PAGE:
Jimmy LaFave is in the first rank of roots rockers to emerge from Austin, Texas. His songwriting shows equal passion for road-house rock and romantic balladry . . .
Jimmy LaFave was born in Wills Point, Texas, a small town 30 miles east of Dallas. He began school down the road in Mesquite and by Junior High was making music perched behind his Sears & Roebuck drum kit. It wasn't long before his mother traded a drawer full of green stamps for his first guitar and the switch to singer-songwriter was in progress. His family later moved to Stillwater, Oklahoma, where he finished high school. Although he has lived in Austin for nearly 20 years, many people think of him as being from Oklahoma, because of his strong musical ties to the state and what he often refers to as its 'red dirt music.' It was in this landscape that he began to define his sound and soak up a combination of his experiences among authentic songwriters from the tradition of Woody Guthrie. Before leaving Oklahoma for Austin, Jimmy did some independent recording and toured the southwest with the first version of his band Night Tribe.
He moved to Austin in 1986, where he continued to write songs and to develop his musical ideas. Shortly after arriving he was asked to help launch the songwriter nights at the new performance venue Chicago House. In 1988 he recorded his self-produced tape, Highway Angels...Full Moon Rain, which won the Austin Chronicle Reader's Poll Tape of the Year Award. This led to a recording contract with a small independent label and allowed LaFave the opportunity to work with Bob Johnston, producer of several of LaFave's favorite albums including Bob Dylan's Blonde on Blonde and Nashville Skyline. Although these recordings were never released, by 1990 LaFave had put together an Austin version of Night Tribe and had become, according to the Austin American-Statesman, “a perennial presence upon the Austin music scene.” In 1992 Jimmy released a self-produced CD, Austin Skyline, which drew international attention to his songwriting and vocal talents, and led to a publishing agreement with Polygram Music. Due to his growing popularity and radio play on more than 200 stations, Austin Skyline and its label, Bohemia Beat, received national distribution through the Rounder Record Group. His second album, Highway Trance was released in 1994 followed by his third CD, Buffalo Return to the Plains, in 1995.
The grass roots demand and critical acclaim for Jimmy's music, which led to extensive touring in the United States and Europe, was recognized in 1996 when he was asked to tape a performance for the PBS musical series Austin City Limits, and was invited by Nora Guthrie to appear in Cleveland at the Rock and Roll Hall of Fame tribute to Woody Guthrie. That same year LaFave won his second consecutive Austin Music Award for Best Singer-Songwriter. His fourth CD, Road Novel, which was released in early 1997, received many glowing reviews. That year he was asked by Nora Guthrie to speak and perform at the induction of Woody Guthrie into the Oklahoma Hall of Fame. He traveled to Europe twice that year and also toured the USA and Canada and made multiple appearances on NPR’s Mountain Stage.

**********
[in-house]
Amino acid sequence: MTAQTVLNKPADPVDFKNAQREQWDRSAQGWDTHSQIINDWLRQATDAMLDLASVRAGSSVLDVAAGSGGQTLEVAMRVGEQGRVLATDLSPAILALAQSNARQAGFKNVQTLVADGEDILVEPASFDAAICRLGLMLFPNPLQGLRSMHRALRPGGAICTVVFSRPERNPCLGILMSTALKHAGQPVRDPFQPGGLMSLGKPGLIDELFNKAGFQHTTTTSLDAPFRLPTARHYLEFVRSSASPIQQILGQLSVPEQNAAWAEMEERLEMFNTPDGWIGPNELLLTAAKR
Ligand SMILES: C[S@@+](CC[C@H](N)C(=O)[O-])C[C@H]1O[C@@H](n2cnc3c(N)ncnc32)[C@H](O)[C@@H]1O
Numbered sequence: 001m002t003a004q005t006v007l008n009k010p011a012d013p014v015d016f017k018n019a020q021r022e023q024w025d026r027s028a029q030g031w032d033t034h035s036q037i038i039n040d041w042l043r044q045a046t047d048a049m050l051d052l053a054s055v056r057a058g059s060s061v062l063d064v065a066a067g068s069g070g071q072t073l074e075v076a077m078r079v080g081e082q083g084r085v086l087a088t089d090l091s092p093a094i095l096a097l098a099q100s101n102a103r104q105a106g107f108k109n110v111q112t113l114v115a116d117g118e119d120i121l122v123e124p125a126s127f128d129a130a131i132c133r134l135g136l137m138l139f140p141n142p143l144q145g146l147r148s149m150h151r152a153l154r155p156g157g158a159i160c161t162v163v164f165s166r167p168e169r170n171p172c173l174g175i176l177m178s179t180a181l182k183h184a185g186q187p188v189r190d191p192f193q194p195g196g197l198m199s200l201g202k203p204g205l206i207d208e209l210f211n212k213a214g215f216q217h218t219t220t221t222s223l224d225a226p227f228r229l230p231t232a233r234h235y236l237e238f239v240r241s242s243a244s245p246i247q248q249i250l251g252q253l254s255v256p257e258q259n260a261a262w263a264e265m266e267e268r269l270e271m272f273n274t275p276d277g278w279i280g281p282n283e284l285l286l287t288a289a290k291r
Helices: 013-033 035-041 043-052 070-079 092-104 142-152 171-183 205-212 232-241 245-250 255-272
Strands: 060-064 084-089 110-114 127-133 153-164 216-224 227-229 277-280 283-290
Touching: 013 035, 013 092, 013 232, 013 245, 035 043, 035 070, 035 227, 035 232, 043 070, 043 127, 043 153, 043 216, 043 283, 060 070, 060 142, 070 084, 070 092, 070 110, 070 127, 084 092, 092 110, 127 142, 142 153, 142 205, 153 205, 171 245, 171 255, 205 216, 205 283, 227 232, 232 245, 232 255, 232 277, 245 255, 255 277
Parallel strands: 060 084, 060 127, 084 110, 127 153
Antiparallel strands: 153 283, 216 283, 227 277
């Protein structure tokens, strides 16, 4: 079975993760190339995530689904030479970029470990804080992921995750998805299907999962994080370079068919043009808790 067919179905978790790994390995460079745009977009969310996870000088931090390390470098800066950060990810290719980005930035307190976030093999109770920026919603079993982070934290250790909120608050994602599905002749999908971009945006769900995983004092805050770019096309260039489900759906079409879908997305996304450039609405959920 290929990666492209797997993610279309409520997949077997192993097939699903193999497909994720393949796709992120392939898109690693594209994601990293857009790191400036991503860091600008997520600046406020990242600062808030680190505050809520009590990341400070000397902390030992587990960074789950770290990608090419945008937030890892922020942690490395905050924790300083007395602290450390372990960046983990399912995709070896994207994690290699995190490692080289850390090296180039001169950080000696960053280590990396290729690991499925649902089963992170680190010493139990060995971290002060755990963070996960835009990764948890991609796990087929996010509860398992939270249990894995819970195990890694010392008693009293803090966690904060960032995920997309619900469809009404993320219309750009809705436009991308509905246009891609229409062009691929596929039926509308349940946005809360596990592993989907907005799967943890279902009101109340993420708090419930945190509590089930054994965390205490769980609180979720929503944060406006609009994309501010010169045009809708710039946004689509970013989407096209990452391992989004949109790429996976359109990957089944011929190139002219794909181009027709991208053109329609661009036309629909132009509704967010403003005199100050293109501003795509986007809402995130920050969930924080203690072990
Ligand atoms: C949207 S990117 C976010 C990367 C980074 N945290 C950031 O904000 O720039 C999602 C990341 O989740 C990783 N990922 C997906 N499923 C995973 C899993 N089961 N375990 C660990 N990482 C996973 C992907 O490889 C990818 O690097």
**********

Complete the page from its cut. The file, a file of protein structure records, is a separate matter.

In the fall of 1998, Jimmy and record label President, Mark Shumate, began compiling a 15-year retrospective of bootleg tapes, live performances, radio shows and studio out takes. LaFave kicked off 1999 with the release of the CD entitled Trail. The double CD contains 31 tracks recorded in Texas and around the world. Including 12 Dylan songs, it answered the demand of fans for a 'LaFave does Dylan' CD. In the liner notes Dave Marsh noted:
"Jimmy LaFave has one of America's greatest voices, and this album is the story of what he has learned to do with it. It's a unique instrument, with startling range and its own peculiar sense of gravity, liable to swoop in and wreck your expectations at any instant."
In 2001, Jimmy released Texoma, a celebration of the Americana spirit with a heartfelt valentine to the heartland. KGSR Program Director, Jody Denberg called it a "phenomenon." Denberg said, " the phones lit up immediately after it was added to the playlist, and they stayed lit." Since the release of Texoma, Jimmy combined his solo dates with the Woody Guthrie tribute tour titled “The Ribbon of Highway – Endless Skyway,” featuring a rotating cast of Americana musicians that has included such notables as Eliza Gilkyson, Sarah Lee Guthrie & Johnny Irion, Tom Russell and Slaid Cleaves. The two-disc live album Ribbon of Highway Endless Skyway is a collection of the tour’s live performances that features some of Jimmy’s interpretations of Woody Guthrie classics.Encouraged by his friend, fellow Austin artist Eliza Gilkyson, Jimmy LaFave signed with indie label Red House Records, and in 2005 released Blue Nightfall. This stunningly soulful album was LaFave’s first in 4 years and won him much critical attention. LaFave’s album Cimarron Manifesto finds Jimmy taking a more country road, with sweet and mournful songs about life and loss and special guest appearances by Carrie Rodriguez, Ruthie Foster and Kacy Crowley.
- Jonathan Fulbright
- Jeffrey Foucalt
- Sara Watkins